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New York’s Congressional District Maps to Be Redrawn

Thu, 12/21/2023 - 06:23
New York State’s existing congressional and State Senate district map
New York State Board of Elections

A replay of the 2022 effort to redraw New York State’s congressional district maps may this time hand Democrats an advantage in next year’s elections, as the State Court of Appeals voted 4 to 3 last week to order the redrawing of the maps.

Voters in the state voted in 2014 to create the Independent Redistricting Commission to reform the redistricting process to introduce greater independence, conduct rational line-drawing, and protect minority voting rights. But in January 2022, following the 2020 census, the commission, comprising an equal number of Democrats and Republicans, could not agree on a redrawn map, and the matter was relegated to the State Legislature, where Democrats hold a majority in the Assembly and Senate.

Republicans accused the Legislature of gerrymandering, and a Steuben County judge declared all of the redrawn district maps unconstitutional, blocking their use. The State Court of Appeals sided with the Republican complainants in a split decision, and appointed a “special master” to draw new Legislature and congressional district boundaries.

Soon after, 10 registered New York voters, backed by the Democratic Congressional Campaign Committee, brought a lawsuit seeking to return the redistricting process to the commission and the Legislature. Last week, the court sided with the plaintiffs. The commission “should comply with its constitutional mandate by submitting to the Legislature, on the earliest possible date, but in no event later than February 28, 2024, a second congressional redistricting plan and implementing legislation,” the majority wrote.

With the recent expulsion of Representative George Santos in the state’s Third Congressional District and the resignation of former Speaker Kevin McCarthy of California, Republicans’ House majority over Democrats was reduced to 221 to 213, with one seat vacant. A redrawn congressional district map would render New York a pivotal battleground in the two major parties’ quest for control in November: With several freshman Republicans serving in districts that, in their current configuration, were won by President Biden, Democrats are sure to prioritize defeating those vulnerable incumbents.

Redrawn congressional districts that would favor Democrats, should they withstand a likely challenge from Republicans, could impact races including Representative Nick LaLota’s re-election effort in the First Congressional District, which covers the South and North Forks as well as Shelter Island, Riverhead, Smithtown, and Huntington Towns, and part of Brookhaven Town. While Mr. LaLota defeated Suffolk County Legislator Bridget Fleming in the newly drawn district by around 10 percentage points in 2022, the First District was one of 18 nationwide won or held by a Republican that would have gone to Mr. Biden in 2020 had they existed in their current configuration.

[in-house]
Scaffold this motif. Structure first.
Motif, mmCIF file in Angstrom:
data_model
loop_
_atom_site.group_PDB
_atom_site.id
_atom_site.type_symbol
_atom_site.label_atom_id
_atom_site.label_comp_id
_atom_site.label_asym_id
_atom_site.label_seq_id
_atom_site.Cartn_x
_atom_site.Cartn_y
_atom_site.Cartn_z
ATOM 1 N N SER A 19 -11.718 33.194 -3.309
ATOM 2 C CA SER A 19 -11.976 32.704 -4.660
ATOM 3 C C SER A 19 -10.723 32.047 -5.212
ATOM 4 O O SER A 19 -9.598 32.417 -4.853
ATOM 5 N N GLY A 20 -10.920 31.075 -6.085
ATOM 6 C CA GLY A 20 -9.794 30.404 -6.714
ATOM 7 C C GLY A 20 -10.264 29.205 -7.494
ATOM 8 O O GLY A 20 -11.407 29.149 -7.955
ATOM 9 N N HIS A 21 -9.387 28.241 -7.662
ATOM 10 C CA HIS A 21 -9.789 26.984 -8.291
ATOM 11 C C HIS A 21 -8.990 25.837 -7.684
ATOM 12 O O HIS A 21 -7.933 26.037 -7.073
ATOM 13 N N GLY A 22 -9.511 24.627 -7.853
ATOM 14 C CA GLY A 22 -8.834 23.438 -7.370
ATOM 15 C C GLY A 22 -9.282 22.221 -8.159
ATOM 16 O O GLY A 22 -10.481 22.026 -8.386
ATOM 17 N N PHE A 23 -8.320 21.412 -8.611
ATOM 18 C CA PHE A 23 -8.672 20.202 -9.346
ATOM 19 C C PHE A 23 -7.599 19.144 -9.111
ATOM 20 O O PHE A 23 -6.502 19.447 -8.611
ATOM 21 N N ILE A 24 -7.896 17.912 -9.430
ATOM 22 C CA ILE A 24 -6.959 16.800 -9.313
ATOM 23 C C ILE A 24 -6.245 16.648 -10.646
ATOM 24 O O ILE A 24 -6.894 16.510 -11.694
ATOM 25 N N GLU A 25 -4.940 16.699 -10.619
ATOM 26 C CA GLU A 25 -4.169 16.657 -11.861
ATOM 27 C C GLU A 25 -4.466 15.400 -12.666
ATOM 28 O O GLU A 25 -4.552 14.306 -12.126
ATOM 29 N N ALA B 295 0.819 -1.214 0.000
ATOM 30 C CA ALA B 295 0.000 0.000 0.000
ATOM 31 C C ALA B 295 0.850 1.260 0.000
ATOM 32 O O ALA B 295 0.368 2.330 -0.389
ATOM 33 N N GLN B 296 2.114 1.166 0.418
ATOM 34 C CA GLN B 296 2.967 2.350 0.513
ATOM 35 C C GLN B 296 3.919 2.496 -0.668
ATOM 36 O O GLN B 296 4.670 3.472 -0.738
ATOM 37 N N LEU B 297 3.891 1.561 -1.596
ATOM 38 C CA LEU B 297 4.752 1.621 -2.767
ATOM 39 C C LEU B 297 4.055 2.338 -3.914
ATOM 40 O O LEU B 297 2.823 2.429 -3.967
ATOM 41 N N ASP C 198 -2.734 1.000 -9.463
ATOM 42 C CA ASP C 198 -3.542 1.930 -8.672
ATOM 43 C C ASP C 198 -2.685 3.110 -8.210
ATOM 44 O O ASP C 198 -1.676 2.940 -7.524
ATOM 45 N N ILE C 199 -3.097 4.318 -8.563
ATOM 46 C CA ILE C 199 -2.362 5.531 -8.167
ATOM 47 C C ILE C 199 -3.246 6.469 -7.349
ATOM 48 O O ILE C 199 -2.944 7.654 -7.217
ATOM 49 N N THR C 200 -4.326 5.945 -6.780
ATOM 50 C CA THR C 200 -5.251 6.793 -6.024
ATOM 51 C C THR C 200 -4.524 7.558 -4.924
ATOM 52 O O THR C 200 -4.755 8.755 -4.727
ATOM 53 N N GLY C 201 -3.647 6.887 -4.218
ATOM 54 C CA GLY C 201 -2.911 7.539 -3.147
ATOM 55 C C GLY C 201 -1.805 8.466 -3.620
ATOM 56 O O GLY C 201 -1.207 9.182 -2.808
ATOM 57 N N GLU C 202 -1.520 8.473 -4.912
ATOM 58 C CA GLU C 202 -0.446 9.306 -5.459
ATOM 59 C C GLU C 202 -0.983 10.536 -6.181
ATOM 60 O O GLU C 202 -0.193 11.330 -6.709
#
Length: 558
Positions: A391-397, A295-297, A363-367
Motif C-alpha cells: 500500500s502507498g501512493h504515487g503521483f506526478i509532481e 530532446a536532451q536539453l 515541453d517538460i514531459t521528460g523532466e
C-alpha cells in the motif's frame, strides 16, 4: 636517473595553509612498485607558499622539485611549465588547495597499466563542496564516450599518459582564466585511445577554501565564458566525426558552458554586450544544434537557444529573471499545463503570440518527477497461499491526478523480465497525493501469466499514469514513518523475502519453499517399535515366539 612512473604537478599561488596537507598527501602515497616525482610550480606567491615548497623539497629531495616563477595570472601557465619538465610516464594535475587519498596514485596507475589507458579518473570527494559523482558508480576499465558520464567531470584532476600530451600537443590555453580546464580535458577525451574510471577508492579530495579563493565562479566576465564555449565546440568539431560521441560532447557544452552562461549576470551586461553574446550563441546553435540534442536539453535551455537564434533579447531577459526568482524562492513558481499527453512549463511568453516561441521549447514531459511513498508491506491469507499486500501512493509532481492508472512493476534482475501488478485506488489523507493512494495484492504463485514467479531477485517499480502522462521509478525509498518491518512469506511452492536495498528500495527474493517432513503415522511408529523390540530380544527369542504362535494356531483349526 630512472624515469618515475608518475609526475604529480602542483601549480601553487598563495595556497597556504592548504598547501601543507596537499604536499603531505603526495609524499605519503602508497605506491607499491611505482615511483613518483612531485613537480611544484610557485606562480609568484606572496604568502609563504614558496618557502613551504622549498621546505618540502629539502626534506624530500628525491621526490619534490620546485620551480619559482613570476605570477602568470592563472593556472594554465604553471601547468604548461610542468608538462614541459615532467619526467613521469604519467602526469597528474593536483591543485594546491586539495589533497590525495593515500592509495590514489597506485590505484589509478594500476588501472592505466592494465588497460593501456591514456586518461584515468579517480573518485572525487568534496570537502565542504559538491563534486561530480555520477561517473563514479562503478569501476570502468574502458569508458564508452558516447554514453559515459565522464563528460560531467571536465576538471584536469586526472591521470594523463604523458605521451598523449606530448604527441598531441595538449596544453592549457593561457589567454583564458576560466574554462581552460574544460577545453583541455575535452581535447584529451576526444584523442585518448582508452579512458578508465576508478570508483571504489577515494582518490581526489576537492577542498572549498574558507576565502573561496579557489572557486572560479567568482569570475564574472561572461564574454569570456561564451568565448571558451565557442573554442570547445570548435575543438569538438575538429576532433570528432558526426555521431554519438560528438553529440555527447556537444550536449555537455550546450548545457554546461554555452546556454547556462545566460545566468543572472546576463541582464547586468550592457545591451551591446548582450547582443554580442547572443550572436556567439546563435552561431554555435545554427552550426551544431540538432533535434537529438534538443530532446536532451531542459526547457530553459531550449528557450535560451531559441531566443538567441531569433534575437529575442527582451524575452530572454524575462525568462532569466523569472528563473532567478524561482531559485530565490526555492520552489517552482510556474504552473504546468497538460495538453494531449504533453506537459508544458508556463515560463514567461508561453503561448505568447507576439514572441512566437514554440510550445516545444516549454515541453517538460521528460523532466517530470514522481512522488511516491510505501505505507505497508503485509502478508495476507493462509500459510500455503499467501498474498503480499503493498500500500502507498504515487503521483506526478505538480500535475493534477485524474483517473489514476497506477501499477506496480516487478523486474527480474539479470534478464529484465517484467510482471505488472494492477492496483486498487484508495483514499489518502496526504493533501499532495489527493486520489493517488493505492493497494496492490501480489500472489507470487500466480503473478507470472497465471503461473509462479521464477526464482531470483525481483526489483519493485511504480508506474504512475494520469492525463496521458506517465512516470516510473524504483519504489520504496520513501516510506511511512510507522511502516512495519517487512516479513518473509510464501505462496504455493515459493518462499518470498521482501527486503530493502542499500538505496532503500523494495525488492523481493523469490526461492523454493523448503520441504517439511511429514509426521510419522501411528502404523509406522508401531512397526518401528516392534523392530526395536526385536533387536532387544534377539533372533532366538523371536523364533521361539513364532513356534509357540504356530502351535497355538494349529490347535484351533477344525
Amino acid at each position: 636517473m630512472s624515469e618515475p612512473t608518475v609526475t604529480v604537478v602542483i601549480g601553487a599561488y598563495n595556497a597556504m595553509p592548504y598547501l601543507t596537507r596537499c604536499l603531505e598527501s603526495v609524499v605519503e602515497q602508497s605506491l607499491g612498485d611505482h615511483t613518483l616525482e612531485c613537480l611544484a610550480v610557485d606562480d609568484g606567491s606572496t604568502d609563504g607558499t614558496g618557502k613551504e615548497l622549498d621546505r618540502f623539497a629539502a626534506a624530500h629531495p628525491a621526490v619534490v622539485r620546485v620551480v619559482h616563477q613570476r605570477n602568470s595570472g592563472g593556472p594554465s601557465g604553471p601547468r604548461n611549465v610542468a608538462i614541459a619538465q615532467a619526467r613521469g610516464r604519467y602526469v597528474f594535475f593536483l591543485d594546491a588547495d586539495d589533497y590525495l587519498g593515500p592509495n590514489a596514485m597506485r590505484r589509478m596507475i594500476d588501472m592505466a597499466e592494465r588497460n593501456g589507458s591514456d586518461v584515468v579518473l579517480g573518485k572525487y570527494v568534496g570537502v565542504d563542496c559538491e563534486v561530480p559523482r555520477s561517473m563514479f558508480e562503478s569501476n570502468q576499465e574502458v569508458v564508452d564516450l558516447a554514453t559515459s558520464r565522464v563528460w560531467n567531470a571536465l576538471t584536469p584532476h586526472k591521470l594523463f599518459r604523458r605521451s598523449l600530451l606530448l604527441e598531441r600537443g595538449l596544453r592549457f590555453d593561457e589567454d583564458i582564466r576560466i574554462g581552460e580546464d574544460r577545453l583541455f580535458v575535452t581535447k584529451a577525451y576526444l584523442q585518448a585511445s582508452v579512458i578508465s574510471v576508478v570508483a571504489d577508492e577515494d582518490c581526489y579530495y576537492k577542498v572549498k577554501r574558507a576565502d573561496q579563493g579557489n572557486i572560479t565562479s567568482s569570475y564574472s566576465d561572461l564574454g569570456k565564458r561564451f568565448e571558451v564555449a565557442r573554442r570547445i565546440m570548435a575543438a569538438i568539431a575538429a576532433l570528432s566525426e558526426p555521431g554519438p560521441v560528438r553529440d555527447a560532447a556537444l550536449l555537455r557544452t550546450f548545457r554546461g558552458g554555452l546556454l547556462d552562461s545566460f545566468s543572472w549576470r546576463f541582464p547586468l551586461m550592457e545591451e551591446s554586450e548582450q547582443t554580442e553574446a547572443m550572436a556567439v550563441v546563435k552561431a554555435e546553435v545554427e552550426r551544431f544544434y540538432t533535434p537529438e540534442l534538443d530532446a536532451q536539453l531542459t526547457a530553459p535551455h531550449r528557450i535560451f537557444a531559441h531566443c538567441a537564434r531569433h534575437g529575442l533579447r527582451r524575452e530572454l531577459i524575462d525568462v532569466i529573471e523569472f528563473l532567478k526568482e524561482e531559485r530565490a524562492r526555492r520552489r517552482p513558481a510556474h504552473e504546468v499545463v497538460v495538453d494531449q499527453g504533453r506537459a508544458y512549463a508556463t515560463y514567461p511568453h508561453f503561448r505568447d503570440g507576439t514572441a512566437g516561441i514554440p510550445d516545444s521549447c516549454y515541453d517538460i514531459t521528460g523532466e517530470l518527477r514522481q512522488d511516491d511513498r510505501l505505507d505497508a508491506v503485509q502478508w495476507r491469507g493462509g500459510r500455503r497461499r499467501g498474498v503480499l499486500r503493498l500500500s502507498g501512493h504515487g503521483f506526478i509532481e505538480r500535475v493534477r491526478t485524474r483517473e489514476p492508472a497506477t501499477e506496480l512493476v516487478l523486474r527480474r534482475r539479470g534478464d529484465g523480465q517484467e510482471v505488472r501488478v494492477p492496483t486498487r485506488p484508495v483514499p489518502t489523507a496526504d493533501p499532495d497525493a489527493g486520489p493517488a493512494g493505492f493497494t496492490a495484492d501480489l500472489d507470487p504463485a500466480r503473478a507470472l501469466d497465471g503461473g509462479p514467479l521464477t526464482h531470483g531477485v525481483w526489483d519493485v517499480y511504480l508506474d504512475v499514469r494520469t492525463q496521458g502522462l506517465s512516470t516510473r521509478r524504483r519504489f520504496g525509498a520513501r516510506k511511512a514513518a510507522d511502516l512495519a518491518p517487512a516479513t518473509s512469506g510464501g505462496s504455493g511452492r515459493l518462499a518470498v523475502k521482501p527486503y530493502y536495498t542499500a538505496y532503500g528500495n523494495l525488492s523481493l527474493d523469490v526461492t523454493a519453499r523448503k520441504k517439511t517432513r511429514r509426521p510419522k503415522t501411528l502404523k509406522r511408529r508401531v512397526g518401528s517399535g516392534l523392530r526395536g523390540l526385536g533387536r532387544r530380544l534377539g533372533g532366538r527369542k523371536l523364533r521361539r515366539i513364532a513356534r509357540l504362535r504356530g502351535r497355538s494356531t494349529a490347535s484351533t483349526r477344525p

Reaction to the ruling was immediate. The decision “is a win for democracy and particularly the people of New York,” Suzan DelBene, chairwoman of the Democratic Congressional Campaign Committee, said in a Dec. 12 statement. “We are eager for the Independent Redistricting Commission to get back to work to create a new, fair congressional map — through the process New York voters intended.”

But former Representative Lee Zeldin, a Republican who served four terms in the First District before narrowly losing a challenge to Gov. Kathy Hochul last year, said the Court of Appeals had “eagerly disgraced itself” with its ruling. Democrats “from Albany to Washington” and across the legislative, executive, and judicial branches had “colluded to give an enthusiastic middle finger to the voters, violate the state constitution, and toss out the state’s congressional maps,” he said in a Dec. 12 statement. The court had disgraced itself “in a way that will be taught in future law school classes about how, in some cases, merit, the Constitution, laws, facts, and the will of the people just don’t matter.”

Mr. LaLota told The Star last week in an interview that is covered elsewhere in this issue that he disagreed with the court’s decision.

Nancy Goroff, the Democratic Party’s 2020 nominee to represent the First District, is seeking her party’s nomination to oppose Mr. LaLota in 2024. Former State Senator James Gaughran, Craig Herskowitz, a former New York City judge, and Kyle Hill, who previously worked for Ms. DelBene, also seek the Democrats’ nomination.

The decision “forces the Independent Redistricting Commission to get back to work, follow the will of New Yorkers, and make a fair map,” Mr. Hill said in a statement last week. “This is a good day for democracy.”


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